There are essentially two risks with GRATs: mortality risk and performance risk. In the first instance if the grantor dies before the annuity is completed, the value of the remaining assets will go to the taxable estate and the GRAT advantage will not be monetized. In the second case, if the investments in the GRAT perform below the 7520 rate, the GRAT is said to be “out of the money” and what has essentially occurred is a return of the assets to the donor via the annuity and the heirs will receive nothing. Looking to the future, there may also be a legislative risk as proposals have been circulating lately on ways to limit the tax advantage provided by the GRATs.
Charitable Lead Trust (CLT)
In our research, it has transpired that no successful family estate planning can overlook the philanthropic aspect. Managed philanthropy achieves multiple goals, from preparing heirs for the responsibilities associated with great wealth to optimization of fiscal liabilities.
A CLT structure allows an investor to make a pre-defined annual gift to philanthropic projects of interest to her/him. Typically, CLTs are set up for terms of 10 or 20 years and the corresponding annual stream of distributions is often set on a fixed schedule determined by US Treasury rates, projected investment returns and projected self-liquidation.
For instance, a family could fund a CLT with $2 million and set the term at 20 years. Assuming 2.2% IRS return rates based on current 10 Year US Treasuries, the CLT could pay $125,000 per year to be worth zero at the end of the term. However, if the CLT returns an average 7% annualized, there would be $2.62 million left to distribute at liquidation to the heirs tax free.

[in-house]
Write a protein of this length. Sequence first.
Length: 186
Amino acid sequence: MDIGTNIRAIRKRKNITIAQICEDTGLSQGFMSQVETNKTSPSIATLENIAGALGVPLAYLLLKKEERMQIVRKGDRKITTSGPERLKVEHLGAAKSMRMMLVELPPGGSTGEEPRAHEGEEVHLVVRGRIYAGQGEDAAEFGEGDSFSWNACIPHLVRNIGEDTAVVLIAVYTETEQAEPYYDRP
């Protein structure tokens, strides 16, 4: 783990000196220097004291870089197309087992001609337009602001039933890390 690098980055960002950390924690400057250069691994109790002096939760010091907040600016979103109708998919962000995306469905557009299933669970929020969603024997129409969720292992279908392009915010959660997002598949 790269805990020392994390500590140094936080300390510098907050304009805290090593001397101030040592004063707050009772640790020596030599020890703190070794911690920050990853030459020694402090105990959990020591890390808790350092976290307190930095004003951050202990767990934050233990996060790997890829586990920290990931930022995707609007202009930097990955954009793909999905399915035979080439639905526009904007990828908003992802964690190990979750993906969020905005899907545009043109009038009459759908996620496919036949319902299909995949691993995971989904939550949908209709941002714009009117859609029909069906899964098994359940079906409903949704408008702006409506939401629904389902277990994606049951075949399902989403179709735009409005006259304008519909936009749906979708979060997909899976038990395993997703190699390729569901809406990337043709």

Usually a $1 million minimum is suggested to establish a CLT. From a US investor’s perspective, cash and high basis marketable securities are the best assets to fund a CLT.
Whether an investor decides to utilize a CLT or alternative structures such as Donor Advised Funds or Family Foundations, we have found that an investment plan that incorporates philanthropic objectives with specific personal, family, dynastic purposes and financial aims has a greater chance to achieve set goals more meaningful than just mirror indexes or benchmarks.
The extraordinary wealth creation of the last thirty years has produced a whole new different landscape in terms of financial management, performance analysis and wealth transferring. The business of investing cannot be dealt with in a vacuum anymore; performance analysis needs sophisticated tools and it must be contextualized beyond mere index benchmarking and ultimately all these steps must be coordinated with the proper training of the next generation.
When a comprehensive financial blueprint is being laid out, not only investment risk tolerance should be determined but also a client’s loss of control tolerance and possibly his/her acceptance of transaction complexity. Proper planning requires an investor to truly understand the ramifications of such planning; one must truly understand what really is the ultimate desired result and the emotional issues associated with the strategy needed to achieve such final goal. Elements such as loss of control, current and future access to assets and the influence of wealth on the heirs must be analyzed clearly in order to chart the proper course.
Values, proper communication rules, investment strategy and estate planning must come together into the process of “wealth engineering” and “financial architecture” to ensure successful results.